First, let me say that I would recommend against doing this unless you know the views are being hindered.
Second, I did this myself just the other day because I needed to clean the secondary (I'm also to the point with my 10" LX200 where I'll do just about anything to improve its performance).
Removing the front ring will allow the entire corrector plate and secondary to come off in one piece. When you do it, make sure the scope is tilted up slightly so that it doesn't crash to the ground. Remove the retaining ring. Mark the exactly location on the mirror against the tube so that you can replace the plate EXACTLY the way you found it. Remove the corrector plate being careful not to remove any of the cork shims with it. Then, do your business to the plate and/or secondary.
Replace the plate back the way you found it and replace the retaining ring, being careful not to tighten it TOO tight.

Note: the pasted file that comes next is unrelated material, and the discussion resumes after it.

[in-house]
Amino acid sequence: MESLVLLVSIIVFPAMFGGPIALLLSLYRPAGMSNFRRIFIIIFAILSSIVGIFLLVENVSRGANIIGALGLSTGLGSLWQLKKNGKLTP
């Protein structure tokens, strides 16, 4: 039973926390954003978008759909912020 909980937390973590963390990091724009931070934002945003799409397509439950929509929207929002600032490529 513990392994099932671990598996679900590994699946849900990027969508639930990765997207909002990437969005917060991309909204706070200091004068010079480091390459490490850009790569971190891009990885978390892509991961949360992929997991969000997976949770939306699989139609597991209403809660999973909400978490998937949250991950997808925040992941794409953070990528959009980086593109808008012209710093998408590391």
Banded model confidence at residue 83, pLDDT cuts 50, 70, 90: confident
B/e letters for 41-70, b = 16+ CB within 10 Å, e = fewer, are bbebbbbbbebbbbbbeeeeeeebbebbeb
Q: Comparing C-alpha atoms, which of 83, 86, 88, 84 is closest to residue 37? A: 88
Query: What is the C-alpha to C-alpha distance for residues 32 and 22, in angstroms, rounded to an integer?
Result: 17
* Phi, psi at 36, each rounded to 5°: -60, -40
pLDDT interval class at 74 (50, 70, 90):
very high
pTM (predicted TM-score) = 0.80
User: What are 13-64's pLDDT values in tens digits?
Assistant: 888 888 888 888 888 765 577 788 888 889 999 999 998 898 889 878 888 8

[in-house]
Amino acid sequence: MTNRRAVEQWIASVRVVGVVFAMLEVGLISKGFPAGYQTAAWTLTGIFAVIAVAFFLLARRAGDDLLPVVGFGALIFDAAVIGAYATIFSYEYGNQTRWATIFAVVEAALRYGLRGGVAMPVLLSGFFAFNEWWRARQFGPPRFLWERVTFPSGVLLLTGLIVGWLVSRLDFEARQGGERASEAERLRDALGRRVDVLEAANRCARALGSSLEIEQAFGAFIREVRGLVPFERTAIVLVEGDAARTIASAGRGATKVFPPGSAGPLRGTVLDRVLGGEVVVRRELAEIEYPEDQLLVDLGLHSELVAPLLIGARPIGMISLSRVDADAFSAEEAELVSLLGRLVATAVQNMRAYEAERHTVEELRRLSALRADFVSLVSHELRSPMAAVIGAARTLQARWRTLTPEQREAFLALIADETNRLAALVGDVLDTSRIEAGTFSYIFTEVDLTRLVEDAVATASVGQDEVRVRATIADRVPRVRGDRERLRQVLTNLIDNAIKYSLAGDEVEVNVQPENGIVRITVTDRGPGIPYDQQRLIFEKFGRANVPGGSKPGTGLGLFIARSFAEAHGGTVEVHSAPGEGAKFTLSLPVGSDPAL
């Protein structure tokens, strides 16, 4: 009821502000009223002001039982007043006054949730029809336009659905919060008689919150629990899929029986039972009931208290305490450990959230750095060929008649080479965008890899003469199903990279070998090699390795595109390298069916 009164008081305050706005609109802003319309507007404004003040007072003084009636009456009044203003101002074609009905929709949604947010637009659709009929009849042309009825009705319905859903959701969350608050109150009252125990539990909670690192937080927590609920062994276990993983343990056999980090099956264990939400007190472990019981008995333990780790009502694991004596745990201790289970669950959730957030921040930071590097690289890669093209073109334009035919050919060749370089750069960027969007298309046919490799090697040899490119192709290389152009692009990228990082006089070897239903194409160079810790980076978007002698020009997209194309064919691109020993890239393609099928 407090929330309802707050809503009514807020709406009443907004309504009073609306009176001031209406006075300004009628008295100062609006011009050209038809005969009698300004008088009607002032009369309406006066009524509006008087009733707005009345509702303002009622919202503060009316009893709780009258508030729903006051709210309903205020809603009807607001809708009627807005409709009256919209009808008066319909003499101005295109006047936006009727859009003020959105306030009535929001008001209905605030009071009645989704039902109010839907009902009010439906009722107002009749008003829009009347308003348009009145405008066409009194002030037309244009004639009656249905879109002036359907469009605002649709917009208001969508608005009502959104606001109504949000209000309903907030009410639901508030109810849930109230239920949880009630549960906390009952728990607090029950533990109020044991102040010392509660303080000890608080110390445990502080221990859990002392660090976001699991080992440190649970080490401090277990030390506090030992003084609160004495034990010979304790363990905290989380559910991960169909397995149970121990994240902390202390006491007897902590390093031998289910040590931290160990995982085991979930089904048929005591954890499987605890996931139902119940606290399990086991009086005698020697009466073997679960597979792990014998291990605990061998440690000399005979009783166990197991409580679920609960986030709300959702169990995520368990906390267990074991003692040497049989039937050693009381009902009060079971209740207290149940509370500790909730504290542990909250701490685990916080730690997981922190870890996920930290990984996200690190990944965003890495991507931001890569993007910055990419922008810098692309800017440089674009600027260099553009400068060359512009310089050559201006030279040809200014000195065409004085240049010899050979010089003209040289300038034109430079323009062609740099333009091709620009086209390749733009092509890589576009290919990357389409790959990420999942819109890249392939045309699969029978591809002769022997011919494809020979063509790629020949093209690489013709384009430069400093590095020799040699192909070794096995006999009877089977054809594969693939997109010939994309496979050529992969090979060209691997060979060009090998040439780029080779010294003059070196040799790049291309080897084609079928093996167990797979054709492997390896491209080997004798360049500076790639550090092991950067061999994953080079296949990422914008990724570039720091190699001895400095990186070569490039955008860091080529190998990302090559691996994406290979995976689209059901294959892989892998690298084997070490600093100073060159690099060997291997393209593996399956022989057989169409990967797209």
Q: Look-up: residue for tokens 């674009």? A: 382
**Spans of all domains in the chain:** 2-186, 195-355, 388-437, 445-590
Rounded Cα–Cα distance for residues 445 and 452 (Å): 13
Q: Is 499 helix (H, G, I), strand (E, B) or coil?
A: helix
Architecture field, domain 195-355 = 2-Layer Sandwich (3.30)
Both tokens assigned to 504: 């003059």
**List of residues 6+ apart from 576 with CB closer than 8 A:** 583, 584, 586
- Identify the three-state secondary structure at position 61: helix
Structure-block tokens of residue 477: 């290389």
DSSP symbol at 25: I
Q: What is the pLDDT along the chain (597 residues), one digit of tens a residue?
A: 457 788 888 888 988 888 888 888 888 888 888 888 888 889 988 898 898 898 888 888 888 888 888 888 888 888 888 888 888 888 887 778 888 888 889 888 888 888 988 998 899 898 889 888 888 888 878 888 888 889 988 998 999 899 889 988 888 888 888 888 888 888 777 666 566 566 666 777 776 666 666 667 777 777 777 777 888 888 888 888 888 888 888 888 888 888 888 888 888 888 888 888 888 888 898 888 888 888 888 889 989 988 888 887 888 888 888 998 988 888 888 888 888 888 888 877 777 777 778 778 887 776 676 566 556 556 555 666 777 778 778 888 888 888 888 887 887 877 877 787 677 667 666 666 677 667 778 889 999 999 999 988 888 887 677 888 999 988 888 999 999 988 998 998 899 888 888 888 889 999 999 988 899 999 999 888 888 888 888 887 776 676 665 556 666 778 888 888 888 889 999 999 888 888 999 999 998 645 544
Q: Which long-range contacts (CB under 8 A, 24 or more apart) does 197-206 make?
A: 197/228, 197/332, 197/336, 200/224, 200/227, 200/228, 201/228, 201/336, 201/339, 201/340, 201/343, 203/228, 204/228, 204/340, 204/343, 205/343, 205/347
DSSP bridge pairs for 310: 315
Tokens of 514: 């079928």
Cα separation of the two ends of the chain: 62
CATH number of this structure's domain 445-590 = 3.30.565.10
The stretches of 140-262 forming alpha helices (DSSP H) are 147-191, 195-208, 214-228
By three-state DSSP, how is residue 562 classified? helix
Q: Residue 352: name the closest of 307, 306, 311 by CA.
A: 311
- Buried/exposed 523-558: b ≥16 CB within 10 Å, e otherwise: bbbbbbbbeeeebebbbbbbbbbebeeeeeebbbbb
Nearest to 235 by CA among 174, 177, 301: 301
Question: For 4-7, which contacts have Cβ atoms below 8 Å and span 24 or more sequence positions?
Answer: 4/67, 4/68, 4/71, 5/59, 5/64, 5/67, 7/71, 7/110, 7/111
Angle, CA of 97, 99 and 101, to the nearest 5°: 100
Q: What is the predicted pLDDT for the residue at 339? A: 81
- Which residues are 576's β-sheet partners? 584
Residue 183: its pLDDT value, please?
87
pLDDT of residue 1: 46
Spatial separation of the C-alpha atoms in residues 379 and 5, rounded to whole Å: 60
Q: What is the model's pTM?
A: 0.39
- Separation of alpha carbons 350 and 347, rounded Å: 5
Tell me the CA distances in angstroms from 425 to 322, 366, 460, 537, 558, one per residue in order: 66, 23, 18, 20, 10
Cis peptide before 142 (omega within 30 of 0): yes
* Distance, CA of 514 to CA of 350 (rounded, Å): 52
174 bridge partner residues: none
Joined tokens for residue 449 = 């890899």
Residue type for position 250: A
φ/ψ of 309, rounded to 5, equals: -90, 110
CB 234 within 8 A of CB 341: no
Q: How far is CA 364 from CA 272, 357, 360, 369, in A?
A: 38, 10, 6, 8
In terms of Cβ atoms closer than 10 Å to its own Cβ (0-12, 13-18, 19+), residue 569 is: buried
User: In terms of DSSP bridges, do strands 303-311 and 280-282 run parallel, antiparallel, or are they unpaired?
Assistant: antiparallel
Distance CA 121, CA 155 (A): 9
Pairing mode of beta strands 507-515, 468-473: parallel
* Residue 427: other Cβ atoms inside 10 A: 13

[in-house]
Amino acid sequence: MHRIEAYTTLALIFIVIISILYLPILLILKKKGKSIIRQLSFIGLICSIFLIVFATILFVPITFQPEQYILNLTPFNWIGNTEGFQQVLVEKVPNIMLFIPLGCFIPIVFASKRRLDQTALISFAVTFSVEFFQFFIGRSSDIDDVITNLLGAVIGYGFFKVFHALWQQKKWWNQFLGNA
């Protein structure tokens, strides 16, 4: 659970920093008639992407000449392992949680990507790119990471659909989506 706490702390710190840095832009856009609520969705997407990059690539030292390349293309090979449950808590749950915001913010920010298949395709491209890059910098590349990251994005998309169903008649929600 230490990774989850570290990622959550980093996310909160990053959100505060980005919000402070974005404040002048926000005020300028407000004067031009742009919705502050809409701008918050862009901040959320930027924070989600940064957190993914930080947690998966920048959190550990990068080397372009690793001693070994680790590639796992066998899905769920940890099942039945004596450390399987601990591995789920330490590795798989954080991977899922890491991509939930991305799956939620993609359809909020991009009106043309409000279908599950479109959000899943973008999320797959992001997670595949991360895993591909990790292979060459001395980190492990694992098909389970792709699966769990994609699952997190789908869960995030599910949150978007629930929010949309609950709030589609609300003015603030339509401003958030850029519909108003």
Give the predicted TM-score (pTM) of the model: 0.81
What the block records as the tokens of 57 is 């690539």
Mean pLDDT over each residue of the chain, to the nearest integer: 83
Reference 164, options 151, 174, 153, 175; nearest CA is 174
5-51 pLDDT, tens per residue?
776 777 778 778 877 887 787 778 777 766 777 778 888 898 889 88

Check your collimation...it will be a little off, but not a whole lot if you properly replaced the plate the way you found it. I got lucky with mine and my collimation was dead-solid perfect.
Give it a try if you want with the understanding that you reap what you sow; however, sometimes with older scopes it's good to do stuff like this so that we learn about how our scopes work. Getting rid of some of the fear factor can allow us to make substantial mods in a way that can improve the system.